Off to Trevella to put the tents up and get ready for the night and then to the rendezvous at Crantock where we said we would meet to discuss where to surf in the morning. There was no such thing as a surf forecast then, no Magic Seaweed or mobile phones, just a hunch or a quick look at the back page of the Telegraph newspaper for their Atlantic pressure chart.

After a long wait Ned eventually arrived and had a quick pint to liven himself up and told us about why he had been held up. Not knowing the road that well he had to take evasive action while taking the infamous corner in Launceston, and guess what the constabulary were waiting for just that occasion. After greeting the officer with his best imitation of Neddy Seagoon, “Evening Gilbert” a long conversation took place about where he was going with that strange thing on the roof, and ‘next time be a bit more careful son’. Whew !! at least the officer was a bit more humane and interested than official!!!!

After a long day it was time to get some sleep, some sleep was not what we got. Every half hour a tremendous roar was heard and a large aircraft barely made it over the camp sight, what was happening? Are we at war? Have aliens landed? Eventually all the noise died down and a little bit of exhausted sleep was had, but it was freezing, Easter in England!!!!!!!.

Soon the noise started again and to add to the discomfort the wind got up and there was a heavy squall with hailstones and sleet, retreat to the cars was the only option. Morning eventually came, a cup of tea and off into Newquay for breakfast and to check the surf out, but considerably slower than the day before, a sort of malaise had set in.

Fistral was big and exposed to the wind so back round to Towan and some nice shaped waves, others were already out making it quite crowded, 6 people. After parking up, donning wetties and lugging boards down the beach, the tide was going out.

A confusion of coastguards, police and council workers descended on us. Were we illegally parked? Had ‘Neds’ encounter the night before stirred things up? Were we being invaded? We were told quite forcibly to clear the beach immediately, but why?

Someone eventually told us what was going on, the tanker Torrey Canyon had run aground in the Scilly Isles and was spilling thousands of gallons of oil all along the coast. Answers to all our questions, the aeroplanes that had kept us awake were Long Range Shackleton Reconnaissance planes flying out of RAF St. Mawgan. A long way to come for no waves perhaps the little old Isle of Wight waves weren’t that bad. This was to turn out to be the worst environmental disaster to ever hit Cornwall and even the whole of the South West, of course the Government had no idea of how to deal with it.

This was a serious wakeup call as spraying had an even worse effect on the environment eventually leading to the bombing of the wreck by Buccaneers of the Navy. Although pretty depressing, it has lead to more stringent rules and regulations being introduced over the years, with protest movements having great effect over authority. Yet time and time again it has happened and probably will in the future.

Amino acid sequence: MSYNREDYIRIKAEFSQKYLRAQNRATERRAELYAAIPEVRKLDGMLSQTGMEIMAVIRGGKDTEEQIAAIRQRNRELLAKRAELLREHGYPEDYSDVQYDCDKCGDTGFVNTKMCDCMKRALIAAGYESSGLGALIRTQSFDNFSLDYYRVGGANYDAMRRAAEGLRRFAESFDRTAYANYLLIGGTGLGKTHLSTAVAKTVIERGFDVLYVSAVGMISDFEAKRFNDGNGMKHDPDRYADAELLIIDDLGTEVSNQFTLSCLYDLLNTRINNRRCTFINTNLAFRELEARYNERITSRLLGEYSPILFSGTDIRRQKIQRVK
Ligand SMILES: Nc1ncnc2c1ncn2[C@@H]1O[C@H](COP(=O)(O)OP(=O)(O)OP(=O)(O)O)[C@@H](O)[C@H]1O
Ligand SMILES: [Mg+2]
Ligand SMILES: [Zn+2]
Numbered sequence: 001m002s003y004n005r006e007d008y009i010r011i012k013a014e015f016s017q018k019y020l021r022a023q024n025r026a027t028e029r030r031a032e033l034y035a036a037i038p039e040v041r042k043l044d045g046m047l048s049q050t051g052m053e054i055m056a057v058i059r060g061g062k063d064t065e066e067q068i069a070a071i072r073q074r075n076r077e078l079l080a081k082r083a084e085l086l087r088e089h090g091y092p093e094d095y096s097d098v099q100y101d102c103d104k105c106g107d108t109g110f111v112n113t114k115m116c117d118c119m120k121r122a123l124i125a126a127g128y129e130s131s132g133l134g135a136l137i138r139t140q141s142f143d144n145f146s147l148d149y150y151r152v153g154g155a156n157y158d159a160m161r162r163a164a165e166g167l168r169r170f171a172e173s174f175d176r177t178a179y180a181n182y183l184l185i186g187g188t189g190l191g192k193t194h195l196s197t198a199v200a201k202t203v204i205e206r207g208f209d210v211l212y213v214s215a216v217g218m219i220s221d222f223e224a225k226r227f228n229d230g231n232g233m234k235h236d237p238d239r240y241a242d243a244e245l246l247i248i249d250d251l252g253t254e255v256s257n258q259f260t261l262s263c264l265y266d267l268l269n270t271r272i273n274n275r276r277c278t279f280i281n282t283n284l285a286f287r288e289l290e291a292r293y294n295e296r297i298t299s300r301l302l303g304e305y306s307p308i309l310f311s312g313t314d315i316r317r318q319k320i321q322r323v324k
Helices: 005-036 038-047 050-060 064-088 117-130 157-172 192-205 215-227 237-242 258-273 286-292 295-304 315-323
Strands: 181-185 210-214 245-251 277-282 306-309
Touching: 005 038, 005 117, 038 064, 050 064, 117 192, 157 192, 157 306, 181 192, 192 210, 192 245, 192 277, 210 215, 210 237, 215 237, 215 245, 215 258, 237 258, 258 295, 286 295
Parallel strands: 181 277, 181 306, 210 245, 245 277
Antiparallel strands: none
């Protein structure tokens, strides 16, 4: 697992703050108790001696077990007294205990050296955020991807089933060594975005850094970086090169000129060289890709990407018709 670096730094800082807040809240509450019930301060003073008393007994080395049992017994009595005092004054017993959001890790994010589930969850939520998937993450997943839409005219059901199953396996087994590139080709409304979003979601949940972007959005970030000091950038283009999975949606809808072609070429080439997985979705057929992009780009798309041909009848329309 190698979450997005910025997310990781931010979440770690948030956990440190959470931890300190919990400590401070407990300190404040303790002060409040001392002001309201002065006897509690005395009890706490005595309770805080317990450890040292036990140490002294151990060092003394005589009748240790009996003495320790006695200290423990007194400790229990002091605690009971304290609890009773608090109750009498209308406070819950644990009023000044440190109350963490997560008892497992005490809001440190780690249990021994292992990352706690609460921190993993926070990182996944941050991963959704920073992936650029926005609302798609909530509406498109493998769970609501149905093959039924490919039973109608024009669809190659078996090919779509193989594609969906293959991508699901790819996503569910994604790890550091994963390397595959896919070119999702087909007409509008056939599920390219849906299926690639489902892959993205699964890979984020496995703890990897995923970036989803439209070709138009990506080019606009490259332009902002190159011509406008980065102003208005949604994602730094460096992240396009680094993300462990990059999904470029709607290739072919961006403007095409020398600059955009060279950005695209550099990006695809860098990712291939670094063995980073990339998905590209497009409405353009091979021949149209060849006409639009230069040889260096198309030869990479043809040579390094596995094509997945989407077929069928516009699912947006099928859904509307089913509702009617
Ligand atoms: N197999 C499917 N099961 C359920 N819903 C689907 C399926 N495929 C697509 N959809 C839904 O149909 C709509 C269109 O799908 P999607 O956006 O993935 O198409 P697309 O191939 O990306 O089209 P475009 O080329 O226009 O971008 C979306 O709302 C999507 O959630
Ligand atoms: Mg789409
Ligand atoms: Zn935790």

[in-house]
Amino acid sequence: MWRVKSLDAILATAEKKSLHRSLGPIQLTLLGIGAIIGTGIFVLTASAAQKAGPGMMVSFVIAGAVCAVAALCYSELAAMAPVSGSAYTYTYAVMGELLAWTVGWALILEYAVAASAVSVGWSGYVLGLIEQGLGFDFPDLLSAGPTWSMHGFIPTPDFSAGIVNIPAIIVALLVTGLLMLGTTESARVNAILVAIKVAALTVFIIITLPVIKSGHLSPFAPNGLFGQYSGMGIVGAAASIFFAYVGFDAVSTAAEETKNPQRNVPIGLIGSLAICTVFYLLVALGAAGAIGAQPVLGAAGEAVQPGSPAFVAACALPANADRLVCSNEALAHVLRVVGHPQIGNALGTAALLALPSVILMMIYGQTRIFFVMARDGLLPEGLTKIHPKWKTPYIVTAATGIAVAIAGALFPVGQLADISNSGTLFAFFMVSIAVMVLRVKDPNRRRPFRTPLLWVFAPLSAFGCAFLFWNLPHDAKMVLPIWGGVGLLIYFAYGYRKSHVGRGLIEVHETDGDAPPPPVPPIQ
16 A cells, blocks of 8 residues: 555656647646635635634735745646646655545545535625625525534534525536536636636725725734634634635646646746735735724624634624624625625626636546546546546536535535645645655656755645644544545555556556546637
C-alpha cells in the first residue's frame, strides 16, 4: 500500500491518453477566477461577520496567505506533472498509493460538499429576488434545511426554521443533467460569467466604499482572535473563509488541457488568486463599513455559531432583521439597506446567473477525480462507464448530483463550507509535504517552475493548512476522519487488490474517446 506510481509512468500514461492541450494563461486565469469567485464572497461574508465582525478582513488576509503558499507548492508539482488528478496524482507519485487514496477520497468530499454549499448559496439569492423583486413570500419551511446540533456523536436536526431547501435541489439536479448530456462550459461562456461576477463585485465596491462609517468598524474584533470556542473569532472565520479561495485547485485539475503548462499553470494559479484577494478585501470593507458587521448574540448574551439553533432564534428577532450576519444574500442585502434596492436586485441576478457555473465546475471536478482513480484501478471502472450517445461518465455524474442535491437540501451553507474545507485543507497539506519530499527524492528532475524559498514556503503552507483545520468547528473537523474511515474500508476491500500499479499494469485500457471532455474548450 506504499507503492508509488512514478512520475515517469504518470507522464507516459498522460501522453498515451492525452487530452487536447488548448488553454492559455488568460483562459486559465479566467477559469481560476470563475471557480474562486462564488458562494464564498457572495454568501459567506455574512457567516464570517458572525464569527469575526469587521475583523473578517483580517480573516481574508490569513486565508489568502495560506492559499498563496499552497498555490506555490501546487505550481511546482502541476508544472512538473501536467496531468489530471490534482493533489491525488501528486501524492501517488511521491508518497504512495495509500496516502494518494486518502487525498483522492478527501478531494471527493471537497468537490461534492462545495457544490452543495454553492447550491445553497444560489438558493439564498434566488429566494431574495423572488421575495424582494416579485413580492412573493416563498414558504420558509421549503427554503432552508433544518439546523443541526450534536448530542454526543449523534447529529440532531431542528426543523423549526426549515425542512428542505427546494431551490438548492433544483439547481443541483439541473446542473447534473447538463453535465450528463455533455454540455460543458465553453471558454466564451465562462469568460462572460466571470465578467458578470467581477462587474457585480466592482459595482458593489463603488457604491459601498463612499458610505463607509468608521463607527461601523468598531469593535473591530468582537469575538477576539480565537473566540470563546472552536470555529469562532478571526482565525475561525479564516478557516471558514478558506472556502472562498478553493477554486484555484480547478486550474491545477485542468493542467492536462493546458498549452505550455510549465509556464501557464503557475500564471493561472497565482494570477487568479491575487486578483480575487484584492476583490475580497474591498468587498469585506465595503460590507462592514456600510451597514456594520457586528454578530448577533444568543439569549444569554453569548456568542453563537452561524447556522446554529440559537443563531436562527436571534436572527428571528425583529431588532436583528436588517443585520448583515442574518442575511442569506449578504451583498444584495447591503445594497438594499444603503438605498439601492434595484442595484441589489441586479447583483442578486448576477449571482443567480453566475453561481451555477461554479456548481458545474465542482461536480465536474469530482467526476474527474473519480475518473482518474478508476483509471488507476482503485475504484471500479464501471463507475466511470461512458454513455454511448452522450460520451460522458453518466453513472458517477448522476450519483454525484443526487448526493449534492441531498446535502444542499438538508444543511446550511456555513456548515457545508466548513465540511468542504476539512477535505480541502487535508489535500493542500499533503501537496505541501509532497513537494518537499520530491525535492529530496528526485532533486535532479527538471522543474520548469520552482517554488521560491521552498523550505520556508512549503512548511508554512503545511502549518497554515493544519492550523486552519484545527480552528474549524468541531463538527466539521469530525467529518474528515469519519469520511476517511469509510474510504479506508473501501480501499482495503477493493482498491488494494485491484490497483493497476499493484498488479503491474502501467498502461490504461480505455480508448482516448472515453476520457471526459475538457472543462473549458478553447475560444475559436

A long drive back through the Easter traffic and a final catastrophe, I had lost my return ferry ticket!!!!!!!!

There was a lull in visits down west, but after a couple months the beaches were deemed usable and trips continued through ‘67. But a slight hic-up came, my future wife ,Sue, refused absolutely and completely forever ever to go camping in a tent ever again which lead to the purchase of a split – screen 1200cc, 6volt Volkswagen, under-powered or what!!!!!!!!!!! Porthtowan for the National Championships, Aggie in the badlands and good old Crantock.

Throughout 67-68 surfing equipment was evolving at a rapid rate, with the influence of the Aussies, V-bottoms, shorter boards and new ways of attacking waves but that’s another story……


Early Winter Waves and Xmas Fun

Cathcing up with some action back in December and here is a short movie from the 16 December 2011 at Freshwater Bay with Lee Webster, Joe Truman, Andrew Court, Will Rome and others enjoying a nice swell. Below are some great images of the boys getting in the Christmas spirit in costume – Santa, his Reindeer and Elves catching a few waves.


Tales from Wales By James Ranson

Wales a land apart - page 4

When we arrived at the launch site I was informed that the wave was about a 30 min boat ride away, it was at this point that it sort of dawned on us that, being winter, we actually only had about 2-3 hours light left. A frantic panic ensued to get the boat and Si’s ski launched and as the boat was ready first, Gill, Lloyd and I jumped in and we started to head out of the harbour. As we left the little inlet where we had launched we met two guys on a ski coming in. ‘You’re never heading out there in that thing?’ One of them chuckled. ‘It’s Fu*king massive out there,’ said the other. It was at this point that I noticed they didn’t have any boards with them. It turns out that they had been caught out by a set and lost two brand new tow boards off the side of the ski before they’d even ridden a wave. It was at this point the little voice inside my head, something that rarely ever gets any attention, started whispering, ‘this is a bad idea, it’s not too late to turn back, you’re driving, if you say no then they’ll have no choice.’ Obviously I ignored it and off we went.